Retro Reboot: Moto Guzzi MGS-02

Sam Hewitt
November 28, 2018

The road-legal MGS-01 was arguably the most beautiful production bike never built. We take a look at what could have been in a well-deserved reboot.

Moto Guzzi staff at the Intermot show in 2002 had to hastily put barriers up around the prototype MGS-01 Moto Guzzi Sport number one – it was getting mobbed. The design was produced by specialists Ghezzi and Brian and was supposed to be a hardcore sports machine. It’s fair to say they exceeded their brief. Under Aprilia ownership, Moto Guzzi was to complete a limited batch of track-only versions followed by a full production run of road-legal versions. An estimated 100 track bikes were built and sold in 2004 and the road version would follow… except it didn’t. Moto Guzzi had been taken over by Piaggio who promptly shelved the MGS-01 project and we never got to see it with headlights, indicators and mirrors. Until today, that is…


The MGS-01 engine was unique for Moto Guzzi at the time. Featuring 100mm Cosworth pistons, four-valve heads and a six-speed gearbox, it boasted 122bhp and 83ft-lbs of torque which was in the same ballpark as the revvier Ducati 999. We reckon with the extra 100cc of the latest 1400cc engine and the advancements in lighter components, fuel injection and engine management 145bhp is possible. Not earth-shattering on its own but definitely earth-rumbling.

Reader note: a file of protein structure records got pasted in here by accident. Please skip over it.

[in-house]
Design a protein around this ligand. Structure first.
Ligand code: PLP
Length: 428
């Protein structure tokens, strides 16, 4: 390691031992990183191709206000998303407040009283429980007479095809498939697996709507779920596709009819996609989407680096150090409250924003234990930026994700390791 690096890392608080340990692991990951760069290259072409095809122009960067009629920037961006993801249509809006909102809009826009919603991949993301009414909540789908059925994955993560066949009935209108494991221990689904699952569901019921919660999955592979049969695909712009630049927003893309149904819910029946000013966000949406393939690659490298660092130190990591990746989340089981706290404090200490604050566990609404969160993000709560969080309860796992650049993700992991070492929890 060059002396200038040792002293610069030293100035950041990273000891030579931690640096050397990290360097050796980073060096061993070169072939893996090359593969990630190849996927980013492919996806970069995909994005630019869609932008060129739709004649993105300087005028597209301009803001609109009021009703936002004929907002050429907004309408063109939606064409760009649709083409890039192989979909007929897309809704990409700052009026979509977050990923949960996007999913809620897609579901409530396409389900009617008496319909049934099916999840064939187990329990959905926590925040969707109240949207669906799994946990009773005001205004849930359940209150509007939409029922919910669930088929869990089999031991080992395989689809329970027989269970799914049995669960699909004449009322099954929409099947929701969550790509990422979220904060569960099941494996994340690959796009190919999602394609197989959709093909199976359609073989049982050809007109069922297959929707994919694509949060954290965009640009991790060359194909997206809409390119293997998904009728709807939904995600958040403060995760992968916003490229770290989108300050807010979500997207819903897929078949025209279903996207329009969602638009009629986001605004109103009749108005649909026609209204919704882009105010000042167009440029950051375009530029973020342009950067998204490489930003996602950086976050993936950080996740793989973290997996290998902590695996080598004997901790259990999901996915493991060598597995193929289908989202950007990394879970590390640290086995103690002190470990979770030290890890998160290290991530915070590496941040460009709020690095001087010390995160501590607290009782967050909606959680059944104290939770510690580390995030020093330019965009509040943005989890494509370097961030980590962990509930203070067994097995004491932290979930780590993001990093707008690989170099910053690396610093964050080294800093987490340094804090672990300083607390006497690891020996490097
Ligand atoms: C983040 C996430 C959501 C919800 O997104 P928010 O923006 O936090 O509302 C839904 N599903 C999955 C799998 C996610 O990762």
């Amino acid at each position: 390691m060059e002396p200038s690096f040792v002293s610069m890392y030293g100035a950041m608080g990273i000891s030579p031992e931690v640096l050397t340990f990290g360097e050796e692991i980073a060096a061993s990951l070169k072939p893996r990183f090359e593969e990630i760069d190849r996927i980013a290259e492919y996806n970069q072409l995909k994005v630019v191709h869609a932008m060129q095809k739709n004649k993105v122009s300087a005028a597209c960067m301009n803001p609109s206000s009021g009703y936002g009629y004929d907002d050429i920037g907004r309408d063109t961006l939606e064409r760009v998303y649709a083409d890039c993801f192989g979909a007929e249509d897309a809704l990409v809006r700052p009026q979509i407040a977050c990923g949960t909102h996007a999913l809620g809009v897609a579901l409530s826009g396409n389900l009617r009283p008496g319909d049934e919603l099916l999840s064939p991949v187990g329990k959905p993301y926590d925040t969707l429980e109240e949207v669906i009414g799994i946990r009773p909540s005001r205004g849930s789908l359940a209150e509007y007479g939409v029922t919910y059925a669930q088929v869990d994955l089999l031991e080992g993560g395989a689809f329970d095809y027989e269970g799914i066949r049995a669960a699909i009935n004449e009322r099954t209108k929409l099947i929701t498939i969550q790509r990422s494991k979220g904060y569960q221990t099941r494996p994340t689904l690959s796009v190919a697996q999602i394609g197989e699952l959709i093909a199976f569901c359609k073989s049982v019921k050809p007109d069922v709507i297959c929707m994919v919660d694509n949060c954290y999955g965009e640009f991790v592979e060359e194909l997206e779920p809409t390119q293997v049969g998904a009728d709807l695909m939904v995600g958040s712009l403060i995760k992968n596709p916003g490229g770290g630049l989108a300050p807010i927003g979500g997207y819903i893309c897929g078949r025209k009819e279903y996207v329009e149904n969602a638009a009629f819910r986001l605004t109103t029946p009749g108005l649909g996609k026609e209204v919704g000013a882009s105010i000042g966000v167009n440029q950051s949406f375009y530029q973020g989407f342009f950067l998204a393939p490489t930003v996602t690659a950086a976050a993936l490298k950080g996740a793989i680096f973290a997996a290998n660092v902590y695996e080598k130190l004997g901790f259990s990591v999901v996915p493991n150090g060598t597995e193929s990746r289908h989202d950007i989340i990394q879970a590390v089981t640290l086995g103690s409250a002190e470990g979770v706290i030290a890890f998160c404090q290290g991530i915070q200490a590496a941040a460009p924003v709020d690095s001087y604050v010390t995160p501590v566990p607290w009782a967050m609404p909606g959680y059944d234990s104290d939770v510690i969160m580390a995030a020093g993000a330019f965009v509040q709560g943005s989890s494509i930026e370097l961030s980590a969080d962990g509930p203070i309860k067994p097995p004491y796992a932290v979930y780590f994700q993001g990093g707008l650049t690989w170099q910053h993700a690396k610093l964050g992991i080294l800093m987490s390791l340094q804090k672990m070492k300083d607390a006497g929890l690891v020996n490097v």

The same box-section single backbone frame design keeps the wheelbase RSV-Mille short, but uses alloy instead of steel to reduce weight. Ohlins forks and monoshock (the MGS-01 was the first Guzzi to use a rising-rate rear linkage) sit front and rear while a stronger swingarm shrouds the shaft drive from view but keeps the lightweight wheels pinned to the ground.



There was little wrong with the styling of the exotic MGS-01, so our MGS-02 gets only minor revisions to the bodywork. The front cowl is sleeker, the tank and air-box has increased capacity and the tail unit allows hot air to escape but also offers an exhaust outlet option, similar to the Ducati Desmosedici. The belly-pan extends further back to protect the suspension linkages from dirt and aid aerodynamics.

About the Author

Sam Hewitt

Sam Hewitt is the Digital Content Editor at Mortons Media Group.


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